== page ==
NB: You are about to read the following brief statement of our ethical and philosophical crisis (which led to us letting our website shut down for most of 2022), because I’ve spent great chunks of the past month TORTURING myself with trying to write it out – volumes and screeds have been written (I mean, by ME) in the attempt to get to the bottom of the problem, in order to explain it succinctly. Brevity is not simple. (At least, not for me). Anyhow, having defined the problem, we offer certain solutions, but welcome your ‘feedback’ as well.
Okay. Here’s the problem.
Tourism is destructive.
(Ha! How’s that for brief?)
One of the biggest sources of destruction is that tourism as it has evolved here, so far, focusses on driving as many people as possible, for the least cost as possible, to each location as it become identified as “interesting.”
Thus the tiny, delicate and formerly pristine Shala River mini-delta, which used to be a haven of birdlife and an oasis of quiet natural beauty, now hosts something like 300 people a day – up to several thousand on a weekend. These people create trash, which is burned in situ, often flooding the whole place with really horrible smokes and smells – even while the thousands are eating lunch – as well as a sort of least common denominator of service: There are hastily constructed tikki bars blaring loud music, shovelling out consumption opportunities, processing people as fast as they can, and – this is perhaps the saddest thing of all – considering themselves successful for doing so.
And why is this a problem?
Here’s the thing. We think that visiting this area is important – potentially crucially important – for two reasons: 1) It offers the opportunity for local people to improve their economic prospects – which is desperately important. With 79% ‘unemployment’ (defined as cash-earning activities), but a government which is enthusiastically converting to the most egregious forms of rampant capitalist behavior, it’s more important than ever that local people get their hands on some money. In post-communist Albania you can no longer get decent medical care, education, or access to justice (among other things) unless you have disposable income. But why should foreign tourists care about that? At the same time 2) in a deeply troubled world, I believe that this region has old wisdom and a peculiar beauty and grace in manner of living which can provide much needed new ideas and experiences to people who want to visit. I mean: Tropoja is like Shangri-La. It is a different place, and can quite possibly change how you view reality. I know that sounds extreme, but it is also true. I’m the living proof. After 11 days here back in 2009, I upped sticks and moved here. And I’ve never regretted it. Life is better, often stranger, but always more magical here. I think.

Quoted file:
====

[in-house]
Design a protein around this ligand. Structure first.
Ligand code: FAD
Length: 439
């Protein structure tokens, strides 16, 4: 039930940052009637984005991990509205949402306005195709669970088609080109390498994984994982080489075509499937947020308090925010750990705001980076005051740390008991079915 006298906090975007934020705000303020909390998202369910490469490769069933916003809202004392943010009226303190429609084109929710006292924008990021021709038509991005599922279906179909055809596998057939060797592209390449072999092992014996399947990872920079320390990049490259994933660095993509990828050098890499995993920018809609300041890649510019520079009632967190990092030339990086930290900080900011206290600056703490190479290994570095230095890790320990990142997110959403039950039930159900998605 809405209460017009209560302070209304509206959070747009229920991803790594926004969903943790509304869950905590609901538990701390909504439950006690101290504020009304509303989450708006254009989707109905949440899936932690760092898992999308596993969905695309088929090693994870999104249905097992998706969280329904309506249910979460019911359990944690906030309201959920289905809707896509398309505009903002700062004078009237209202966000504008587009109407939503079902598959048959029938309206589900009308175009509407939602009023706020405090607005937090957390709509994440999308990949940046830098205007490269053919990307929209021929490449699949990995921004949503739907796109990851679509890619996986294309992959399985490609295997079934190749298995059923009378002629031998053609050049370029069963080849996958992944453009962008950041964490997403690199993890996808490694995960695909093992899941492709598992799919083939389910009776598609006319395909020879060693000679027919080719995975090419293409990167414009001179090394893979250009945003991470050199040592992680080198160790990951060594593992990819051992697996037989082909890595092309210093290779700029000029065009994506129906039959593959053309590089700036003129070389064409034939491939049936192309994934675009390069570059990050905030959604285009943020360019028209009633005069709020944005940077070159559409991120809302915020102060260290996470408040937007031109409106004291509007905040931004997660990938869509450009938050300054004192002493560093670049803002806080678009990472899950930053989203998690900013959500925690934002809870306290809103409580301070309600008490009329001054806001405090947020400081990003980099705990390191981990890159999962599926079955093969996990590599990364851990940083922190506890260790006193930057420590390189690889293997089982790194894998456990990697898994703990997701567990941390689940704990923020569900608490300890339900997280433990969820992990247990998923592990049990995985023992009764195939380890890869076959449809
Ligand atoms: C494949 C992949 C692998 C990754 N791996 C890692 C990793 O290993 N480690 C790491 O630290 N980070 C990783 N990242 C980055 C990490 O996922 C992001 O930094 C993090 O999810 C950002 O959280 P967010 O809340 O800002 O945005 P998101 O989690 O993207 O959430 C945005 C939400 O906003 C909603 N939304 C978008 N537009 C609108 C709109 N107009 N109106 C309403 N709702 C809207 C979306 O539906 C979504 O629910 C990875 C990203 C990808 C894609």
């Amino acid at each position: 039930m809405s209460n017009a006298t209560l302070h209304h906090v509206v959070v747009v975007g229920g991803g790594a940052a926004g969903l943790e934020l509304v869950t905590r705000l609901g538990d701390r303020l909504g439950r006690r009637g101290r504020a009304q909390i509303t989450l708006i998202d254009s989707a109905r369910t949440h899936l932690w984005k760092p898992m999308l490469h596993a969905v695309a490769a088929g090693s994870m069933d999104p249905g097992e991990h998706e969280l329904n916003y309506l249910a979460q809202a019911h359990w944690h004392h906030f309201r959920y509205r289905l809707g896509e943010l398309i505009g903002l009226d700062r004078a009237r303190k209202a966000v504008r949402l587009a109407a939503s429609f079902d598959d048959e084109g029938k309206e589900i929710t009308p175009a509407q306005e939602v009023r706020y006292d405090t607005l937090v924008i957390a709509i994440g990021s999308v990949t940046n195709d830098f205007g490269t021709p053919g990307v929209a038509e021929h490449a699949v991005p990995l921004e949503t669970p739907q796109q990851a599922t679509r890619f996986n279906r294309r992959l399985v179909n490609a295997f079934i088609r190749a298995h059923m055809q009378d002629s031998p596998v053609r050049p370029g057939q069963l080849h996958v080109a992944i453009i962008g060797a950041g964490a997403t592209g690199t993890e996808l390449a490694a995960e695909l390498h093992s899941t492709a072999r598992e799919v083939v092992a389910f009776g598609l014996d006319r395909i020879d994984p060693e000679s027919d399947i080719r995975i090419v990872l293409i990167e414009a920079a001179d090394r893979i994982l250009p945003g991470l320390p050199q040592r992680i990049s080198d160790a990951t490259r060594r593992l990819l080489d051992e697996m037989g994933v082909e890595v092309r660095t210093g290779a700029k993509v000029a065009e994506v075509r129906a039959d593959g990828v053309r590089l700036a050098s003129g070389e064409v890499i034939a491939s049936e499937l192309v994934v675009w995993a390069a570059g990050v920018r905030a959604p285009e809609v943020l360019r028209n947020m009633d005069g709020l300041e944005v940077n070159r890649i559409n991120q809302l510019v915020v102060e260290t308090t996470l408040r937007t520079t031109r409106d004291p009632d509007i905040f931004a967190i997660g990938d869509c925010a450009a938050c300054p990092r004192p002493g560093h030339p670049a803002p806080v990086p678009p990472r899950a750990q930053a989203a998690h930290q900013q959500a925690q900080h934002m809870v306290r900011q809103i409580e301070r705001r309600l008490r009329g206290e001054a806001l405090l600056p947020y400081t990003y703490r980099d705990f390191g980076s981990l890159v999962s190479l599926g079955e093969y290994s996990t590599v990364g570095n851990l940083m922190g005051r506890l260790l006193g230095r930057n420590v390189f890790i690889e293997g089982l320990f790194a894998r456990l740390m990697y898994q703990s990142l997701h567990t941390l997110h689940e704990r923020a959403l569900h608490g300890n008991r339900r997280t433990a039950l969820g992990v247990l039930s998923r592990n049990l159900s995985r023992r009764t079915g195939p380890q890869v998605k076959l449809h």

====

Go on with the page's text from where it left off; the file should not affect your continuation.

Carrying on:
Until now, Tropoja (which includes Valbona) has offered travellers the chance to experience unspoiled nature – the like of which I for one didn’t believe existed in Europe anymore, until I came and saw it. It also gave access to a culture and way of living which defies capitalist assumptions. I mean, people are generous and hospitable here – sometimes to an insane degree – because it is considered an honor, to be hospitable. And honor matters here. Where I come from, honor is an expendable luxury. For people here, for centuries honor was all that stood between them and chaos. It matters.
If I were going to wax philosophical (and maybe I am?) I might ask you to consider what honor means to you? How far would you go, in your everyday life, to act honorably? How often does your home culture ask you to consider honor as an important, or even ‘prioritized’ concept? And how often are your actions shaped by the question of honor?
Here in the North of Albania, we say Thank You by saying “Turitnera.” This is an abbreviation of Tu Rrit Ndera – or “Your honor rises (increases).” The response is “Qofshe me Nder.” Blessings with honor. In other words, the need for honor is drummed into a Tropojan’s head constantly, all day, by the commonest words that come out of their mouths.
And what does this have to do with tourism?
Well, one source of honor is “to protect the treasures of nature, as we found them, for the generations to come.” Here in Tropoja, we still believe – or did – that we should be caretakers. That while we pass through, we have no right to leave a trail of destruction behind us, that we have no right to gobble up the treasures of the present day, for our own personal benefit. That is a bedrock belief of the traditional culture.
It seems to me that that is NOT a bedrock belief of the cultures from which monied tourists are now descending on Albania. My own home country of the United States taught me that the more I could consume, the more successful and justified I was in a sense of self-worth.
And I guess that is what is most disturbing about modern Albania, and tourism as it is being developed. This sense – of honor and sustainability – is being lost. I suppose it was easier to maintain, back when the opportunities for destruction were fewer, but modern Tourism is converting poor and desperate Albanians to a generation of gobblers. So not only is nature being destroyed by the burden of mass tourism, so is traditional culture.
Does that mean you shouldn’t come? Does it mean that we shouldn’t help you?